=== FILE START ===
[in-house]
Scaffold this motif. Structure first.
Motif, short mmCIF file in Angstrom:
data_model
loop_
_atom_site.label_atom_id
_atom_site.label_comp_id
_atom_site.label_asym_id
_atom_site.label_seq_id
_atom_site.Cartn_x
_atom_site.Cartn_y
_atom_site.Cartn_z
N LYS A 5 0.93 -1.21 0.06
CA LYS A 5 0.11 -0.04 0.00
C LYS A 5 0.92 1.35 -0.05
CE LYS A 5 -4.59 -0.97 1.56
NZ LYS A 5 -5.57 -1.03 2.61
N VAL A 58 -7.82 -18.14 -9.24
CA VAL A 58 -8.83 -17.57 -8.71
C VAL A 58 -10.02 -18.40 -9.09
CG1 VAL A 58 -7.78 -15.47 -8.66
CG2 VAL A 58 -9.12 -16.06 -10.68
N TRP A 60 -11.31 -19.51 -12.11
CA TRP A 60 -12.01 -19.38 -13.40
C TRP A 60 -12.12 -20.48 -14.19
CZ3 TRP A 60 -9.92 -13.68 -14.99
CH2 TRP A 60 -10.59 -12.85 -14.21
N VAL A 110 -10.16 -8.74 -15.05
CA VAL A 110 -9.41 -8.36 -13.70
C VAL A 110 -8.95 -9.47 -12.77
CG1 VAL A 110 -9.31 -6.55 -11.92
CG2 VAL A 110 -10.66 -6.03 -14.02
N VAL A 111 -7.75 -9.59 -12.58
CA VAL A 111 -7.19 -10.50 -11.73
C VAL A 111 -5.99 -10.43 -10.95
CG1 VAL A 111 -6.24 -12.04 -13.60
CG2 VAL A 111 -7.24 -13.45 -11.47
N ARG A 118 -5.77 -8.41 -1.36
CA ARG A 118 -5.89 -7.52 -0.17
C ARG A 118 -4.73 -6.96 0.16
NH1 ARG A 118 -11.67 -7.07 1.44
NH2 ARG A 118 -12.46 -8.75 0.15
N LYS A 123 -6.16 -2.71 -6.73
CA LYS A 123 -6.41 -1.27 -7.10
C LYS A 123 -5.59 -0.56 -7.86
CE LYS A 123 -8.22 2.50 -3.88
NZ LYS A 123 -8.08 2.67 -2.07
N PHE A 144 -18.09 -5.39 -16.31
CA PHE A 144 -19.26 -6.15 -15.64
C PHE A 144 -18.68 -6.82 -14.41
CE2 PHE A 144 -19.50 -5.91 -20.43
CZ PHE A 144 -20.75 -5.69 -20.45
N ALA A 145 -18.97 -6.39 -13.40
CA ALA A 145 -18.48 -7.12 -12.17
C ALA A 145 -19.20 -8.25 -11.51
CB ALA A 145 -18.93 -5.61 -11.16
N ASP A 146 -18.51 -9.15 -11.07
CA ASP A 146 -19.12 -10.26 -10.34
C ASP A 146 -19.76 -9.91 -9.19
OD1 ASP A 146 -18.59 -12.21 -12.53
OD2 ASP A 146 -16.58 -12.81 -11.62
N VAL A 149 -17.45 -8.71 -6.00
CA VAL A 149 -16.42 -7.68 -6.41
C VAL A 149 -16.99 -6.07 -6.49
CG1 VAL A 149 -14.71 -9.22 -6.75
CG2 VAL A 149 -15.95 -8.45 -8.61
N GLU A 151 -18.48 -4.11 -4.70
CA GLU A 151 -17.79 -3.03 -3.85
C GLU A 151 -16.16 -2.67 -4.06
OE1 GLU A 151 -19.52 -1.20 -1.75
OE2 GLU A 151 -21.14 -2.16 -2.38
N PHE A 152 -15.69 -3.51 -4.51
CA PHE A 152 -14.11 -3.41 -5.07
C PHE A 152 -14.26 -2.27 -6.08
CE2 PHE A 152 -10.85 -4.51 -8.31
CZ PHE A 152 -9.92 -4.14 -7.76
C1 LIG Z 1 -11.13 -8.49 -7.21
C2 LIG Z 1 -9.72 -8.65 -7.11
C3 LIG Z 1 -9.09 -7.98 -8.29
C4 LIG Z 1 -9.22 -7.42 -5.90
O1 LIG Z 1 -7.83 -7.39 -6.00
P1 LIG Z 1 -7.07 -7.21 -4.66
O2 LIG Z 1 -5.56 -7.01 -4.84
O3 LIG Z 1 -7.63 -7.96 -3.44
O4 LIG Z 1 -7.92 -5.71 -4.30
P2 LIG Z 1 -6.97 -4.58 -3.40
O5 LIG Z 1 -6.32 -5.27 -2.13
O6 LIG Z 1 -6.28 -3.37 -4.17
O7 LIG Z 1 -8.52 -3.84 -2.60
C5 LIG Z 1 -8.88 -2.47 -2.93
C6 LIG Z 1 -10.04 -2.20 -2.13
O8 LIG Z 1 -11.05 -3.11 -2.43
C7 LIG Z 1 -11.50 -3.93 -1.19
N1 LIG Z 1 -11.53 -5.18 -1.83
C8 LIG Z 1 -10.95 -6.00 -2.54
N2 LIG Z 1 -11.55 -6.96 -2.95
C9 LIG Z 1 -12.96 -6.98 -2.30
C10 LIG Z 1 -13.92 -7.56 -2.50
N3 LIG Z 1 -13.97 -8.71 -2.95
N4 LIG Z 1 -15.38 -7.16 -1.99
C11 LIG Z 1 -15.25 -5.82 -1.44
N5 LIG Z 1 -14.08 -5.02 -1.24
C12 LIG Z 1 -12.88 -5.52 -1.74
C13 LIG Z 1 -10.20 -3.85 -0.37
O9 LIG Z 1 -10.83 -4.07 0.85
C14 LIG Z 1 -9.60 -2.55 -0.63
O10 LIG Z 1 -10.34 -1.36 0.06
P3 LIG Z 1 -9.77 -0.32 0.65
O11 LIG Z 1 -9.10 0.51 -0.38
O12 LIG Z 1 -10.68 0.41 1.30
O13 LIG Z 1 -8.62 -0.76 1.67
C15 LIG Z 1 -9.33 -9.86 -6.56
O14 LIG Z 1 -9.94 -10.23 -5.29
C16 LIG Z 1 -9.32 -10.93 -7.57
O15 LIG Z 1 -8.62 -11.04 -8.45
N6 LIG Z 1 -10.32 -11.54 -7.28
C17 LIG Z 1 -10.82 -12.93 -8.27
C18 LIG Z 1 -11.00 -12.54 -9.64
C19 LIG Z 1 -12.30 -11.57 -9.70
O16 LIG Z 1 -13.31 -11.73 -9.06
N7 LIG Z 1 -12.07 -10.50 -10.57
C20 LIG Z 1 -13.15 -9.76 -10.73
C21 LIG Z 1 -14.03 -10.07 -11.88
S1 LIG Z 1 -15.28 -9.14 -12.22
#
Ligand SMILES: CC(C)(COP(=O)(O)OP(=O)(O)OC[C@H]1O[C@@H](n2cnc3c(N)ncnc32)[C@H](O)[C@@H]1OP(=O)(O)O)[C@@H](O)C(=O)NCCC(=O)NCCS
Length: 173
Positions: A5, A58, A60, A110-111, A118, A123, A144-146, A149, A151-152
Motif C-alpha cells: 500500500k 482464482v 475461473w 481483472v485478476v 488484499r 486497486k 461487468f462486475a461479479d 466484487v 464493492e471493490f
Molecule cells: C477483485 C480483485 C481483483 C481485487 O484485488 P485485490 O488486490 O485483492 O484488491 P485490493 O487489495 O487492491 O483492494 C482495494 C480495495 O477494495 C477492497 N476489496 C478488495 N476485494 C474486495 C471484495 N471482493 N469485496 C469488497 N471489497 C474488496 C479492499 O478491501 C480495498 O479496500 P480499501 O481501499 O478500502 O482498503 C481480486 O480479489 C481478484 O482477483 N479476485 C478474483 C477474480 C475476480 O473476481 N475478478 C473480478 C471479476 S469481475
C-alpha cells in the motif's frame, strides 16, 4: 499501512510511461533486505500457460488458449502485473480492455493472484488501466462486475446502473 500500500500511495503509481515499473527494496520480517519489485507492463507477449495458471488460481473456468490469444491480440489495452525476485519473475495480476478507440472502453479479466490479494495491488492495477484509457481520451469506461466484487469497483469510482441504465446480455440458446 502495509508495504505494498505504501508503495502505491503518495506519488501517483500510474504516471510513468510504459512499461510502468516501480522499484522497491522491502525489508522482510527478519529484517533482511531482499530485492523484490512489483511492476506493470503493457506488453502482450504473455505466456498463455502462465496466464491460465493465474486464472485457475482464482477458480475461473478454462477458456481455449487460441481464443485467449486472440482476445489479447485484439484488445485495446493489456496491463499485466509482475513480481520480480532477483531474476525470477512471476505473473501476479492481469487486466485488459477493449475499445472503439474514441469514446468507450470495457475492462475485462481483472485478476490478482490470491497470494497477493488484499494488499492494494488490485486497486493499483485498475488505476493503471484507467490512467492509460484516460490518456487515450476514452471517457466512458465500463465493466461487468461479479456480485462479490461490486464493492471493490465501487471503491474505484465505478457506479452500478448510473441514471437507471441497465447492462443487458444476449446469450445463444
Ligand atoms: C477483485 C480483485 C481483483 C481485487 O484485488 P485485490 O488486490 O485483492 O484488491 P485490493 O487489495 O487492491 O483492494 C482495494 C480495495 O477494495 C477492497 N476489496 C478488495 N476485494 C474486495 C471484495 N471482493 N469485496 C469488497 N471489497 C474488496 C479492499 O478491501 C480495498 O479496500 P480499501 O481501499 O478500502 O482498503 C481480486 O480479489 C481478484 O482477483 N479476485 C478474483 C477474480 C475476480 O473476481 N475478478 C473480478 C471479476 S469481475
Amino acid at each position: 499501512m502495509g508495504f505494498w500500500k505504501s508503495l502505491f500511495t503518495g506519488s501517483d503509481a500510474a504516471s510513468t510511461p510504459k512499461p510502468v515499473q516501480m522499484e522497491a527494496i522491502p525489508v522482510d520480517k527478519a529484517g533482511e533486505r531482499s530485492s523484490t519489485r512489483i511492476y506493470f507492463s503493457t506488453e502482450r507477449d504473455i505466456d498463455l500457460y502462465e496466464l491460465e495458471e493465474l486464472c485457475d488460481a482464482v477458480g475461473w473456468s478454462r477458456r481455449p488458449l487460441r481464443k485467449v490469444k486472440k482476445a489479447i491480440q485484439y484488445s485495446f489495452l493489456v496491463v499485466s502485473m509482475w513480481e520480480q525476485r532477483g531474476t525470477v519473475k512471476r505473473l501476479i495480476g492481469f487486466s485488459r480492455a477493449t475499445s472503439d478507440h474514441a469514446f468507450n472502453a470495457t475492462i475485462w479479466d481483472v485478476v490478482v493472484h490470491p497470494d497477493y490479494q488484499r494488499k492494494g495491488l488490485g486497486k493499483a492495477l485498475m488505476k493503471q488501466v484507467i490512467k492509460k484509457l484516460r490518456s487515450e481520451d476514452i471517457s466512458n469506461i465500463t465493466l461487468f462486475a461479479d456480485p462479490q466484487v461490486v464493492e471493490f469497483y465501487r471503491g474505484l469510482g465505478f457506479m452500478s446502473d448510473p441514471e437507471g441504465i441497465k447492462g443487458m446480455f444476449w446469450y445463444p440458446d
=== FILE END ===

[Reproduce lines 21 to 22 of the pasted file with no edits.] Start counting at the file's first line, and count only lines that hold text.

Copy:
CG1 VAL A 58 -7.78 -15.47 -8.66
CG2 VAL A 58 -9.12 -16.06 -10.68